Palm Pre vs. iPhone 3G – Which is better?

iPhone 3G and Palm Pre Compared

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The iPhone 3G (right) and the Palm Pre both have a multitouch screen; both have similar feature sets and are used in a similar manner. But they are distinctly different. If you’re already accustomed to the iPhone but considering moving to the Pre, you can expect to relearn some actions. Let’s have a look at some of the subtle differences in usability and layout of the two phones.

Note: Apple is expected to preview a new iPhone OS 3.0 at next week’s Worldwide Developers Conference. This story compares iPhone OS 2.2.1 with Palm’s webOS.

Waking the Phone

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Both phones have a sleep-wake button at the top, with a “home” button on the front (which, on the Pre, left, takes you to its “card deck” view, where you can launch, or switch between, apps). On the iPhone, you can press either the home button or the sleep-wake button to wake the phone.

On the Pre, you can press only the sleep-wake button, which also doubles as a power button. It’s not a big deal, but after using my iPhone, I want to press the home button on the Pre to wake it up. As I found, however, that doesn’t work.

Home Screen

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The iPhone’s home screen (right) is more of a traditional smartphone home screen, with icons for the various applications in a grid on the screen. The Pre’s, on the other hand, looks more like a miniature PC desktop. You can see your wallpaper, and there’s a Quick Launch bar along the bottom reminiscent of the Mac OS X Dock or the Windows taskbar.

But press the up-arrow button in the lower-right corner of the screen, and up pops an icon-style grid of your installed applications. Pre’s home screen is arguably more attractive, but the iPhone’s is a little more straightforward, since everything is right there to begin with; there’s no need to bring up the icon pane.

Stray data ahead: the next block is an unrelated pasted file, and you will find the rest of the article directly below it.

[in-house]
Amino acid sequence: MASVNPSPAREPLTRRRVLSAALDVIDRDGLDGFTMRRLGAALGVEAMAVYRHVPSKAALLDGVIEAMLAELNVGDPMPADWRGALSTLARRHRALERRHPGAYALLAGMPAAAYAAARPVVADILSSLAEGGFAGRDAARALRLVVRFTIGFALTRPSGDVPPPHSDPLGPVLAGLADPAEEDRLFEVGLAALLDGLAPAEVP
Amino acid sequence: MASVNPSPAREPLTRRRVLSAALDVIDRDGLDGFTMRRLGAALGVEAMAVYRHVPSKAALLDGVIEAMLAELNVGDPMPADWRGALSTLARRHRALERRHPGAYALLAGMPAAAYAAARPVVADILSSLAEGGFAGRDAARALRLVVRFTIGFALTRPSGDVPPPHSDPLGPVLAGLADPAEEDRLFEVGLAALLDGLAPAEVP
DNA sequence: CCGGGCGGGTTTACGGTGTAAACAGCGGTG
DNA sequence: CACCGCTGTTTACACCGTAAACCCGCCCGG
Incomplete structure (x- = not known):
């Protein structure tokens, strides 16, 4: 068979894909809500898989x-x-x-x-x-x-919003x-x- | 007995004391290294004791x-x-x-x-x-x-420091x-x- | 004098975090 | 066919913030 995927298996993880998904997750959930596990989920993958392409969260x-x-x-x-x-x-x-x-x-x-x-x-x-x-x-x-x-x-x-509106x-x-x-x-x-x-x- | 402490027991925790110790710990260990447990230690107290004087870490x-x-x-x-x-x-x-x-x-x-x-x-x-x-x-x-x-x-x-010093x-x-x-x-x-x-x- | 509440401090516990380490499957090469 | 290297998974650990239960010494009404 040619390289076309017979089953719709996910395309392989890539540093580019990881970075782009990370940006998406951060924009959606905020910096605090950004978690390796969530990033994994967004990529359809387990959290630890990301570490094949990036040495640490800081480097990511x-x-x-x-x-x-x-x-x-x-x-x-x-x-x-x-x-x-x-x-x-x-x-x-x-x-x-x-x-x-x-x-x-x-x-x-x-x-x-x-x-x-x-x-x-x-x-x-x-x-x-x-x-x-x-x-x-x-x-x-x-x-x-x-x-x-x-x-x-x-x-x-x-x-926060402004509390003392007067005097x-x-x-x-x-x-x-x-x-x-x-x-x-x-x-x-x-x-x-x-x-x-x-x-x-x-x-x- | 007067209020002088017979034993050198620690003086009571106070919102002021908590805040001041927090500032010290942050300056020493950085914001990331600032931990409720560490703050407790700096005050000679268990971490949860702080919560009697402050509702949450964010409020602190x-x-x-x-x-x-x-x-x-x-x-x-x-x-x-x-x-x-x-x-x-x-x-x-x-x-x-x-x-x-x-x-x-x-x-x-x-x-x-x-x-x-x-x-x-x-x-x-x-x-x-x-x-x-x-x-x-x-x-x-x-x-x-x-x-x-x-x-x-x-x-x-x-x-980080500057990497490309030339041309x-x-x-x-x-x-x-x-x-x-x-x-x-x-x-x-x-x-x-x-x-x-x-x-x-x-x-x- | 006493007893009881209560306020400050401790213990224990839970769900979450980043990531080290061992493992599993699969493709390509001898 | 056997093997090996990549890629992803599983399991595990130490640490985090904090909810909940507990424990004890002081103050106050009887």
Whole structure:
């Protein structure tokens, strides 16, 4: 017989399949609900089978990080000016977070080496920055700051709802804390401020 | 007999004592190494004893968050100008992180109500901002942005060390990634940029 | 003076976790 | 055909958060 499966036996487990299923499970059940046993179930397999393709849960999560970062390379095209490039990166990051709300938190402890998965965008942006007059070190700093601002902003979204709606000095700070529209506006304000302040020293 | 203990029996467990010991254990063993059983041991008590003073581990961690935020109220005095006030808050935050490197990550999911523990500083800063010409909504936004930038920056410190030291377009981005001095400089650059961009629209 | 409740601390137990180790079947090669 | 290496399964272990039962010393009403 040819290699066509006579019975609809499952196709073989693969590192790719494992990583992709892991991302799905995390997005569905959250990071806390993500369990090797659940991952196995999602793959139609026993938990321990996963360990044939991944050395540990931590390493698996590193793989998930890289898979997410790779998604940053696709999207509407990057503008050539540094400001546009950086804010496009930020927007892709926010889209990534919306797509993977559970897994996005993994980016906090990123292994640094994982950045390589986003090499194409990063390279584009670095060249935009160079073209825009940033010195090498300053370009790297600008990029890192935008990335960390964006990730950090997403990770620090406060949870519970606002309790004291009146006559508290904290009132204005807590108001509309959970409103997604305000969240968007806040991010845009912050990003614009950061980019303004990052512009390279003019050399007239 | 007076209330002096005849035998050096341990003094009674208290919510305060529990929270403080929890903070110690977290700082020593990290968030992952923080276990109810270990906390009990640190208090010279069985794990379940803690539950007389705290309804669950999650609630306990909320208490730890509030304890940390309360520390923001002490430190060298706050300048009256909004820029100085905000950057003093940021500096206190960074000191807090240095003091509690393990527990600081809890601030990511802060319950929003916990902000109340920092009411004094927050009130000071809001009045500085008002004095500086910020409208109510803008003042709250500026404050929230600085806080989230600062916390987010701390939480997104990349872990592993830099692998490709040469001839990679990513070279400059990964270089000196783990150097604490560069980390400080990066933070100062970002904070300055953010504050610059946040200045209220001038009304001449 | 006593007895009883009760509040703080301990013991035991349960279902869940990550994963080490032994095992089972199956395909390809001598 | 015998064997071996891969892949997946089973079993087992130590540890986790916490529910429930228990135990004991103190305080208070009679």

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It’s true–the Pre can sync music with iTunes (including the newly-released iTunes 8.2) by mimicking an iPod when you plug it in (I’m sure Apple’s legal team will have a field day with that). And while it works reasonably well, it isn’t as seamless as using an iPhone.

When you plug the Pre into your computer, it’ll ask you if you want to use MediaSync and sync your iTunes music with your Pre, use the Pre as a glorified USB flash drive (which you can’t do with the iPhone), or just charge it.

While the Pre syncs just fine with DRM-free music files in your iTunes library, it can’t sync your contacts and calendars via iTunes. Syncing photos didn’t seem to work for me in my limited hands-on, though Palm says the Pre should sync photos and video. I didn’t have any DRM-free video files on my machine, so I couldn’t test whether it could indeed sync video over iTunes.


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The use of gestures by the Pre (left) takes some adjustment. For example, when you want to quit an application, you press the up-arrow button on the front of the unit to access the “card deck” interface. You can then switch between applications, or close apps you’re done using by paging through the cards and then sliding, or “flicking,” the one you want to close off the top of the screen with your finger.